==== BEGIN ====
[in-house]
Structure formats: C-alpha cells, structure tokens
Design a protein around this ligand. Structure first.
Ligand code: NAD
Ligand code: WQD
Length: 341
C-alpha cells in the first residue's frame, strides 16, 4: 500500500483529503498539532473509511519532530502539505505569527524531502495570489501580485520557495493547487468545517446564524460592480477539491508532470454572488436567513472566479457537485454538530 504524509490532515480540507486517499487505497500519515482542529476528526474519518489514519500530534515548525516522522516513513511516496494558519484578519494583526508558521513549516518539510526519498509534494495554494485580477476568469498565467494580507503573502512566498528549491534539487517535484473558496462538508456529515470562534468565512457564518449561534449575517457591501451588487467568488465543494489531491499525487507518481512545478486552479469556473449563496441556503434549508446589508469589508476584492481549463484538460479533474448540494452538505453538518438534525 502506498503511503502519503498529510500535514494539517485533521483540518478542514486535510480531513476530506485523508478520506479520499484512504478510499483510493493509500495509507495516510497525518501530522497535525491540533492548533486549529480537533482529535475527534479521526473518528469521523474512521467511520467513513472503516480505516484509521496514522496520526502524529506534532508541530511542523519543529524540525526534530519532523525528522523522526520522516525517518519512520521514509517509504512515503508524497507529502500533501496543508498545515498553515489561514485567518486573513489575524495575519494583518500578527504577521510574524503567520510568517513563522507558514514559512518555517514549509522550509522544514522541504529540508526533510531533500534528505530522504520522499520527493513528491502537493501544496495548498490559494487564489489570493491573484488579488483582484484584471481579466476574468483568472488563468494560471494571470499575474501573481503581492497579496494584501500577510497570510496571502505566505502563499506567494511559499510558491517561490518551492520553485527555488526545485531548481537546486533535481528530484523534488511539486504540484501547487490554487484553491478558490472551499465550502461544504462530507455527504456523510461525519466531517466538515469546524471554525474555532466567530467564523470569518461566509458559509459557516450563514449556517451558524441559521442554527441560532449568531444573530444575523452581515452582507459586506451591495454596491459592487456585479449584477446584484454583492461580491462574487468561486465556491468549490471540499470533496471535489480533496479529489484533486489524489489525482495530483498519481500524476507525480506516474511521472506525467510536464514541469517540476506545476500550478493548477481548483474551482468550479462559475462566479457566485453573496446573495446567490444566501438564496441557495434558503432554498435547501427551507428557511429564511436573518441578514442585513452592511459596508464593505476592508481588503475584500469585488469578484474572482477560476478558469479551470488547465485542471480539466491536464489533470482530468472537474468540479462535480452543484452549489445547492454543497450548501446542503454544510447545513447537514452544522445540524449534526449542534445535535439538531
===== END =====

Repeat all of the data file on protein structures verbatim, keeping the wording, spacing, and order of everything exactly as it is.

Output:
[in-house]
Structure formats: C-alpha cells, structure tokens
Design a protein around this ligand. Structure first.
Ligand code: NAD
Ligand code: WQD
Length: 341
C-alpha cells in the first residue's frame, strides 16, 4: 500500500483529503498539532473509511519532530502539505505569527524531502495570489501580485520557495493547487468545517446564524460592480477539491508532470454572488436567513472566479457537485454538530 504524509490532515480540507486517499487505497500519515482542529476528526474519518489514519500530534515548525516522522516513513511516496494558519484578519494583526508558521513549516518539510526519498509534494495554494485580477476568469498565467494580507503573502512566498528549491534539487517535484473558496462538508456529515470562534468565512457564518449561534449575517457591501451588487467568488465543494489531491499525487507518481512545478486552479469556473449563496441556503434549508446589508469589508476584492481549463484538460479533474448540494452538505453538518438534525 502506498503511503502519503498529510500535514494539517485533521483540518478542514486535510480531513476530506485523508478520506479520499484512504478510499483510493493509500495509507495516510497525518501530522497535525491540533492548533486549529480537533482529535475527534479521526473518528469521523474512521467511520467513513472503516480505516484509521496514522496520526502524529506534532508541530511542523519543529524540525526534530519532523525528522523522526520522516525517518519512520521514509517509504512515503508524497507529502500533501496543508498545515498553515489561514485567518486573513489575524495575519494583518500578527504577521510574524503567520510568517513563522507558514514559512518555517514549509522550509522544514522541504529540508526533510531533500534528505530522504520522499520527493513528491502537493501544496495548498490559494487564489489570493491573484488579488483582484484584471481579466476574468483568472488563468494560471494571470499575474501573481503581492497579496494584501500577510497570510496571502505566505502563499506567494511559499510558491517561490518551492520553485527555488526545485531548481537546486533535481528530484523534488511539486504540484501547487490554487484553491478558490472551499465550502461544504462530507455527504456523510461525519466531517466538515469546524471554525474555532466567530467564523470569518461566509458559509459557516450563514449556517451558524441559521442554527441560532449568531444573530444575523452581515452582507459586506451591495454596491459592487456585479449584477446584484454583492461580491462574487468561486465556491468549490471540499470533496471535489480533496479529489484533486489524489489525482495530483498519481500524476507525480506516474511521472506525467510536464514541469517540476506545476500550478493548477481548483474551482468550479462559475462566479457566485453573496446573495446567490444566501438564496441557495434558503432554498435547501427551507428557511429564511436573518441578514442585513452592511459596508464593505476592508481588503475584500469585488469578484474572482477560476478558469479551470488547465485542471480539466491536464489533470482530468472537474468540479462535480452543484452549489445547492454543497450548501446542503454544510447545513447537514452544522445540524449534526449542534445535535439538531